I worked with several former Solectria engineers & techs backalong. And, beleive it or not, there is more rational discussion of electrics, solar/electric flyweights around the campfire/dinner table/bar in our hillclimb series than about anywhere.
Y'all be careful - it's also the first place I learned about Lithium battery fires, not to mention battery -powered electrical fires in wrecks. (of conventionally fueled vehicles)

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Response to Quixote1818 (Original post)

Sat Apr 27, 2013, 12:14 AM

2. Yes lets hurry and use it in 100 years, I'm sure no one will need any after that.

l

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Response to Exultant Democracy (Reply #2)

Sun Apr 28, 2013, 01:21 AM

11. lithium in batteries can be recycled again and again

 

and is less toxic than lead, which can also be recycled over and over for battery use.

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Response to Quixote1818 (Original post)

Sat Apr 27, 2013, 12:35 AM

4. Darn that trumps the vast quantities found in Afghanistan.

Of course mining is not real feasible while you are busy killing each other.

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Response to Quixote1818 (Original post)

Sat Apr 27, 2013, 12:44 AM

5. lithium mines

For sure an improvement over what we have now. Let's hope 100 yrs from now we've figured out a way to power our lives without having to rip the planet open and poison everything.

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Response to KentuckyWoman (Reply #5)

Sun Apr 28, 2013, 01:06 AM

9. I don't know how safe lithium mining is,

Bt we'd otta ask a question or 2. OTOH, if anybody could benefit from a trace of lithium in the water, it's probably Wyoming.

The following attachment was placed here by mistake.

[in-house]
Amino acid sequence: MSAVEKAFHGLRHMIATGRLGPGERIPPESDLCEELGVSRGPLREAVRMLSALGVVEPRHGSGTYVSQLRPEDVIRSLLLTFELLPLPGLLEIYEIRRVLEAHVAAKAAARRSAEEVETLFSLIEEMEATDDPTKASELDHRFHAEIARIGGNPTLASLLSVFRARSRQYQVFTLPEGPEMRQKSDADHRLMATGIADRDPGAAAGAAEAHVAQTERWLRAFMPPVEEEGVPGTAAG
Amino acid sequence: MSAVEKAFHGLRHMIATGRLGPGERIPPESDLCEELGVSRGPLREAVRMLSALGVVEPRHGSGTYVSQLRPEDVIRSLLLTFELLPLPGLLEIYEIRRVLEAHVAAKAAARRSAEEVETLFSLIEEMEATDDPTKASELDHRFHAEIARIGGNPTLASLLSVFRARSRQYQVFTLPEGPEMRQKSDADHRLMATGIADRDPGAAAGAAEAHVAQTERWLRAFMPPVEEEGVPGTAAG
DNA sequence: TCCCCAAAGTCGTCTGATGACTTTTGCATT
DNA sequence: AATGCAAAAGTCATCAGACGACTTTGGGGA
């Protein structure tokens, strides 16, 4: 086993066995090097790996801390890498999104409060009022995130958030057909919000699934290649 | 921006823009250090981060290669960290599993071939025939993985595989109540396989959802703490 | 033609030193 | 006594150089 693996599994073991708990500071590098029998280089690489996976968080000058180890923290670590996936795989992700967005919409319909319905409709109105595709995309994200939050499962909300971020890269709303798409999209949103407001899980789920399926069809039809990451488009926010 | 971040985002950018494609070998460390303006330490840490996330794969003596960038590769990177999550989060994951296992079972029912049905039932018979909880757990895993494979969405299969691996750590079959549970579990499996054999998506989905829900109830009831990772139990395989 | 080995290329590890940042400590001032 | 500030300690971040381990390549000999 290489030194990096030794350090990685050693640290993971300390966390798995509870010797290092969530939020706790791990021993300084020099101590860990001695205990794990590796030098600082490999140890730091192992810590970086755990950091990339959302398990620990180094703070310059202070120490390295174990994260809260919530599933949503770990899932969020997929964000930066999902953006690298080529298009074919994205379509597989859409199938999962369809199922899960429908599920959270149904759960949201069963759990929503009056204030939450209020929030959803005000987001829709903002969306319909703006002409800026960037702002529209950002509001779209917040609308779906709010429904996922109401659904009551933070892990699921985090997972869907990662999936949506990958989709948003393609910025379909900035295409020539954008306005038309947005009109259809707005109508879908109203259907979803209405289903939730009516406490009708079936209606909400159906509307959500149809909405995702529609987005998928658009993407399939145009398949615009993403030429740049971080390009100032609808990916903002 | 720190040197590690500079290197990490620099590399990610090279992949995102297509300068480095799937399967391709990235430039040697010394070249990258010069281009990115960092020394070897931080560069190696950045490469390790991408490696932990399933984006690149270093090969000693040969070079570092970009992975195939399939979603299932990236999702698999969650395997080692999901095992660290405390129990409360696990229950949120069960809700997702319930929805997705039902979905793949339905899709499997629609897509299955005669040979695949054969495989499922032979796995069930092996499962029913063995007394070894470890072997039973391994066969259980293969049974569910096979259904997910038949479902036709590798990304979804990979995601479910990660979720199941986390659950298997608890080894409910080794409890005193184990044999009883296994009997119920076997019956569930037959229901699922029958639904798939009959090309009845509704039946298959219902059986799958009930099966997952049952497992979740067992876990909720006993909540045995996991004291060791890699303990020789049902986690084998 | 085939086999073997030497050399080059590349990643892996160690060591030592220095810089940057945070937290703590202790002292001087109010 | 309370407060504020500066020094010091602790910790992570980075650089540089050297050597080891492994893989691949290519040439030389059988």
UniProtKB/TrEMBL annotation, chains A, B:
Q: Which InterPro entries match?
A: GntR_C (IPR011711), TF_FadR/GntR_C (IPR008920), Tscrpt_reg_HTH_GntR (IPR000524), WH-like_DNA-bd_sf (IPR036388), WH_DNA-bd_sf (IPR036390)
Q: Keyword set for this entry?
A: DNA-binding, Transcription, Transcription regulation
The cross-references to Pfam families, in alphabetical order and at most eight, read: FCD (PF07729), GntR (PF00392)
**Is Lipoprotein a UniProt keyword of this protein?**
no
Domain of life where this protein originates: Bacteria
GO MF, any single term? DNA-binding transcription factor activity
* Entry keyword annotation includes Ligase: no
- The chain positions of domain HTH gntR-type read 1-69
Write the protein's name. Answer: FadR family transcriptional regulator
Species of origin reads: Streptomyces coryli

On a serious, there are a lot of strategic materials whose sources are far from optimum - I remember seeing a cobalt industry newsletter years ago, and their whole industry was messed because most of the worlds sources are in the hands of a variety pack of unsavory dictators.

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Response to KentuckyWoman (Reply #5)

Sun Apr 28, 2013, 01:10 AM

10. From what I understand, a lot of lithium 'mining' is just skimming off dried salt-lake beds.


Very unusual stuff.

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Response to reformist2 (Reply #10)

Sun Apr 28, 2013, 10:06 AM

12. Bonneville Salt Flats

Was nearly ruined by potash mining, all done with brine pumping. The racers mounted a years-long campaign to pump the salt back to the flats after the potash was extracted. "Save the Salt" worked with the BLM and the mining company for years to make this happen, and so far, it's working well - bringing back a 1/2 " of "good" salt per year.

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Response to Quixote1818 (Original post)

Sat Apr 27, 2013, 01:46 AM

7. Laura Bush's medicine cabinet?

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Response to Quixote1818 (Original post)

Sat Apr 27, 2013, 02:09 AM

8. How many bi-polar cases are there?